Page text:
Pythagorus was one of the world’s first vegetarians and according to David, wrote “a whole bunch of papers on the virtue of eating a plant-based diet”. (David said he was the first, but who would know?) Whatever, a meatless diet was referred to as a “Pythagorean diet” for a couple of thousand years until relatively recently.
David joined Nostimo as chef in residence nearly two years ago, having introduced a modern style of Greek dining at 1821 in Sydney. Still dividing his time between Sydney and Brisbane, David relies heavily on the team at the Greek Club led by head chef Adam Carpenter who has been with the Club for 10 years.
Born to parents from the Macedonian region of northern Greece – where “they’re renowned for their saffron” – David drew on his studies of history and cuisine to come up with new menus that imbue traditional Greek flavours with a modern twist and a big helping of Greek hospitality.
“Greek food is all about sharing,” he says. “Sharing their table and homes, their food, their stories and their love of togetherness.”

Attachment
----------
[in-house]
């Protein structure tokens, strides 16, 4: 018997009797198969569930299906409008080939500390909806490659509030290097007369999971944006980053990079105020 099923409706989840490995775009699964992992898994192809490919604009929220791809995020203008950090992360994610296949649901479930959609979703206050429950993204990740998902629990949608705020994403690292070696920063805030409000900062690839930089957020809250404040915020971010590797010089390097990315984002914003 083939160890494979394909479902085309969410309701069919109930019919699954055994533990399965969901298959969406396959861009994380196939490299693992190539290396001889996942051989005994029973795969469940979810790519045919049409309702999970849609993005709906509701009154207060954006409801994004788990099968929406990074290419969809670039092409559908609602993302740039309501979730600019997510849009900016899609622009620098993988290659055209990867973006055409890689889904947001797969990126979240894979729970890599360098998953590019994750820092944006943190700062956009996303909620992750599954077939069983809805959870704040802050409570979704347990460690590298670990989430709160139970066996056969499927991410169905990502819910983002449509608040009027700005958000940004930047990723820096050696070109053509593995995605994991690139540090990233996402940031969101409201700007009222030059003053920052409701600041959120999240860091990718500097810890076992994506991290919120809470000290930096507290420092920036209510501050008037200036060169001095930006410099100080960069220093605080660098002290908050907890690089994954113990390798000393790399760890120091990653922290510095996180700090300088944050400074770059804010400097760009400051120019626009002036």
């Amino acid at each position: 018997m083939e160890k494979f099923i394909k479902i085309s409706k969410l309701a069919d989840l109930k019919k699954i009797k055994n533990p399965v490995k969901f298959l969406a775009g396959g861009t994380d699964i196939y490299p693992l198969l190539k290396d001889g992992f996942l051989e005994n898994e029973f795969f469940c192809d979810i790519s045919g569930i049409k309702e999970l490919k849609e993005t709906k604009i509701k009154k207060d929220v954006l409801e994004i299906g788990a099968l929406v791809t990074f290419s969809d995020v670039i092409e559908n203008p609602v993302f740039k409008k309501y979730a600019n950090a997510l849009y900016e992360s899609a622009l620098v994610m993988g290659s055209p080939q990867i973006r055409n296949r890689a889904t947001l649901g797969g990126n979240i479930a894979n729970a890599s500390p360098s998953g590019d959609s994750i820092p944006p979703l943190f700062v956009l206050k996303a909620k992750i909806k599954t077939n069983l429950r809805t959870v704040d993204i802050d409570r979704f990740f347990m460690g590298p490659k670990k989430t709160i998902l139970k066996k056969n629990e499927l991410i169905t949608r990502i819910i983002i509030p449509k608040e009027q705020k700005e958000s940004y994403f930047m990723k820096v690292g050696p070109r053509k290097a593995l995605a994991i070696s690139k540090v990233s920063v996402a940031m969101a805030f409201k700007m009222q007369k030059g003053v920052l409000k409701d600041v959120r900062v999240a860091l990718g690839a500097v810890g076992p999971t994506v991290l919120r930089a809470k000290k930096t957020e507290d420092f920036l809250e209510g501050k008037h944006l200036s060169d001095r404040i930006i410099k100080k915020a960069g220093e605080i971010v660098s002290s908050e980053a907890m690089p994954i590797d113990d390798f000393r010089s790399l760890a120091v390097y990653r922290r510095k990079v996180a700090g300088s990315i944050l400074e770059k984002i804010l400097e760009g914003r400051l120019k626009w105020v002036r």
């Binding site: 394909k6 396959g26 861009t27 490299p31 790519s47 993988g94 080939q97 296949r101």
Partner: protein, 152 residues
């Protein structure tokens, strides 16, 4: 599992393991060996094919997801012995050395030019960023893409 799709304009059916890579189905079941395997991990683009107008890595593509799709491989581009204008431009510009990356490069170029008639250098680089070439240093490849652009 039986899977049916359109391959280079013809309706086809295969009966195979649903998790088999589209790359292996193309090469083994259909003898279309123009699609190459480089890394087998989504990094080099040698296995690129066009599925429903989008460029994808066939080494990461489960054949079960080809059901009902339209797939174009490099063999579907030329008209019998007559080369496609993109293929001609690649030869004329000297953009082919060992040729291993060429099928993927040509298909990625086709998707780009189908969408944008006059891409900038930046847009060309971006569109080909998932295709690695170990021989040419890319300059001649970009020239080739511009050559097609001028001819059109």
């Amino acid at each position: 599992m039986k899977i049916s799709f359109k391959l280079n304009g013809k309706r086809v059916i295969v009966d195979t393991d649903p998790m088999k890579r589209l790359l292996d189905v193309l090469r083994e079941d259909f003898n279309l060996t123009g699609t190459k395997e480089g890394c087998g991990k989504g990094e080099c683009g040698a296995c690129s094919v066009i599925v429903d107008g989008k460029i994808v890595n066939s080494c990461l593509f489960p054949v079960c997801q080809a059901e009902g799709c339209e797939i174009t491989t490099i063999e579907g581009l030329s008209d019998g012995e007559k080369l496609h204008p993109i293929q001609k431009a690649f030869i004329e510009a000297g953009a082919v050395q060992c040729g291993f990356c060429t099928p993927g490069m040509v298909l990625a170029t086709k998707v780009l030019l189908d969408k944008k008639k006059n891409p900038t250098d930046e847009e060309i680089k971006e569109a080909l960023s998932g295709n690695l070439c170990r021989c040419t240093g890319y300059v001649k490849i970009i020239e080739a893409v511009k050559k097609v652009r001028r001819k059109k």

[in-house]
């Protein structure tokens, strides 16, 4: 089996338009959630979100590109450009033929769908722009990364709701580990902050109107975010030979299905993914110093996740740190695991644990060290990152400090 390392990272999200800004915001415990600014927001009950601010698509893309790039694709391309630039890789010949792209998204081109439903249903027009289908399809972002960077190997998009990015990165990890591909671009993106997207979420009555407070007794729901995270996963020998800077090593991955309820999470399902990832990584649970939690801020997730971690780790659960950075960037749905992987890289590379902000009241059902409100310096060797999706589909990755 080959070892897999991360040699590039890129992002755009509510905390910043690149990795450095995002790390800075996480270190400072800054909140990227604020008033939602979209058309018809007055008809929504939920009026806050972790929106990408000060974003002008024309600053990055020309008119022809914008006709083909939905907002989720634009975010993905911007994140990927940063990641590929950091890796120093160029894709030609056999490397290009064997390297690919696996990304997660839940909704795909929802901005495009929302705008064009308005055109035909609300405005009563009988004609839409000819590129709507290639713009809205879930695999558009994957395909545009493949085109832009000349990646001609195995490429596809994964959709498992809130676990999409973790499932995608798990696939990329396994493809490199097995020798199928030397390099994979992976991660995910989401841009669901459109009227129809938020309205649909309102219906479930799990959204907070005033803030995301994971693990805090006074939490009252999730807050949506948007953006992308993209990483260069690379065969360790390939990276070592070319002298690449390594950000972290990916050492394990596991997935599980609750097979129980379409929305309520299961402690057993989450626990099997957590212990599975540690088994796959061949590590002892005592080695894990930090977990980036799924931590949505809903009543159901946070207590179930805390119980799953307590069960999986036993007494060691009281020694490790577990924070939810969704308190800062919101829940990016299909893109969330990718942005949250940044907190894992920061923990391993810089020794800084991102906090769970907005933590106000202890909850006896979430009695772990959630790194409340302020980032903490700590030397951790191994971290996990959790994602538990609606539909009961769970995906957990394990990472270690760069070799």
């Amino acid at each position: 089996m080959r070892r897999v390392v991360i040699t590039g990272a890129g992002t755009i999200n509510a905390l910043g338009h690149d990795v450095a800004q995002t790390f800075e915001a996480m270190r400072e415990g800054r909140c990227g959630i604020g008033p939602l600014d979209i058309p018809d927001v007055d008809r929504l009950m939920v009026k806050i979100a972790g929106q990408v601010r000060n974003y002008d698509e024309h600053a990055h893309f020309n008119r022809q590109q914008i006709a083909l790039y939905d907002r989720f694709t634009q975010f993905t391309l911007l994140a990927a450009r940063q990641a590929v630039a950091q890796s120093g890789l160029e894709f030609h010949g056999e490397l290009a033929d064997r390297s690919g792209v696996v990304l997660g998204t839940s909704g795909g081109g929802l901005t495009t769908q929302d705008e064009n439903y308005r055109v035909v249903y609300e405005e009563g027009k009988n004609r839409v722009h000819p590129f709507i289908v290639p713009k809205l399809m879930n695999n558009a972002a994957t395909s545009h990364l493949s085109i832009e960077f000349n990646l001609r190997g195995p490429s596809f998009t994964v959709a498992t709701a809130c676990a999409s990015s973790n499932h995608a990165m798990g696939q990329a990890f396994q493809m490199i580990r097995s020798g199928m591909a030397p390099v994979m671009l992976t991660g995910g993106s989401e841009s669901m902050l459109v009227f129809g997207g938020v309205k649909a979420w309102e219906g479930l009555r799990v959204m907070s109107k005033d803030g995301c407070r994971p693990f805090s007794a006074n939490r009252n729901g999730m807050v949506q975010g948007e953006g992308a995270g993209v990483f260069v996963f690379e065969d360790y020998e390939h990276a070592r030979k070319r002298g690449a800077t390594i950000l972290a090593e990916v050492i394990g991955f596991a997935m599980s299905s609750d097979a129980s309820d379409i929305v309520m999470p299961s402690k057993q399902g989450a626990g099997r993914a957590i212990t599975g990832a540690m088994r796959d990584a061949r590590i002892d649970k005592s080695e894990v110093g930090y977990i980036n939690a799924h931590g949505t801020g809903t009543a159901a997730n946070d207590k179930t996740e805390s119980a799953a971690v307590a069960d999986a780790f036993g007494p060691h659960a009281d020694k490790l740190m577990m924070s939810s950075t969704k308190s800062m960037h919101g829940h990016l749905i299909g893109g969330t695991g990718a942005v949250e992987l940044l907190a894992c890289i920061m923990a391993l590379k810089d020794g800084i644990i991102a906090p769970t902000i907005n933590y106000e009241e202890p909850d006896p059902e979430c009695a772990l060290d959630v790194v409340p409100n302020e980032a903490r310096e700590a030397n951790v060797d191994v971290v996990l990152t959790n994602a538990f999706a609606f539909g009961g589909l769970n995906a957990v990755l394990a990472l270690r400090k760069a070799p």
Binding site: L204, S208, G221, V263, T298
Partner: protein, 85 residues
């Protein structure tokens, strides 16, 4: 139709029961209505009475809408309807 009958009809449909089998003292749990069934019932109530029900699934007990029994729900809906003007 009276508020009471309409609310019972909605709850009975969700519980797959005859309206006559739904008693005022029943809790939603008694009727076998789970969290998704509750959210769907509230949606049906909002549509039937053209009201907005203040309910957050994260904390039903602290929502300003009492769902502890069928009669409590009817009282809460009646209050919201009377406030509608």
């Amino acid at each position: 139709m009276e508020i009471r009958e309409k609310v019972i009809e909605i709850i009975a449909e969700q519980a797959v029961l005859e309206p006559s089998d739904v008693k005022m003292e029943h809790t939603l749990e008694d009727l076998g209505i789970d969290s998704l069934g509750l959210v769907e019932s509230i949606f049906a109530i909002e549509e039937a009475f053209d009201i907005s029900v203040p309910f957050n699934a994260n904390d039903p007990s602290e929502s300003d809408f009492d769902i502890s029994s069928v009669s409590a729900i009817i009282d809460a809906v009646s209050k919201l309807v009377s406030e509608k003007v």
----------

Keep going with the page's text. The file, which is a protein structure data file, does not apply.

The long-table feast we enjoyed consisted of shared plates celebrating fresh local produce from land and sea. There were dips to start: Split Pea Dip with Pita Bread, and Tzatziki (yoghurt, garlic and cucumber) to which David adds a little carrot to balance the sourness of the yoghurt.
Next came salads: Horiatiki, a traditional Greek salad of tomato, cucumber, capsicum, Spanish onion, radish, kalamata olives, extra virgin olive oil, oregano and feta; and the particularly delicious Politiki Salata made from shredded cabbage, carrot, currants, mint, apple, toasted almonds, toasted spiced corn, kasseri, and mustard mayonnaise.
Then, Spanakopita Peinirli, a boat-shaped ‘pizza’ that came originally from Constantinople, filled with spinach, feta and ricotta; Zucchini Crisps; Barbecued Octopus with a red pepper sauce; and the most awesome Fried Haloumi Chips dressed with truffle honey and sesame seeds.
We loved the Chef’s signature Pork Belly Baklava (layers of roasted pork belly, filo pastry, date and pistachio, pork crackling) and the melt-in-the-mouth Lamb Skaras (lamb braised for 8 hours and finished on the grill for a smoky finish, served with herbed yoghurt, wilted leek and spinach).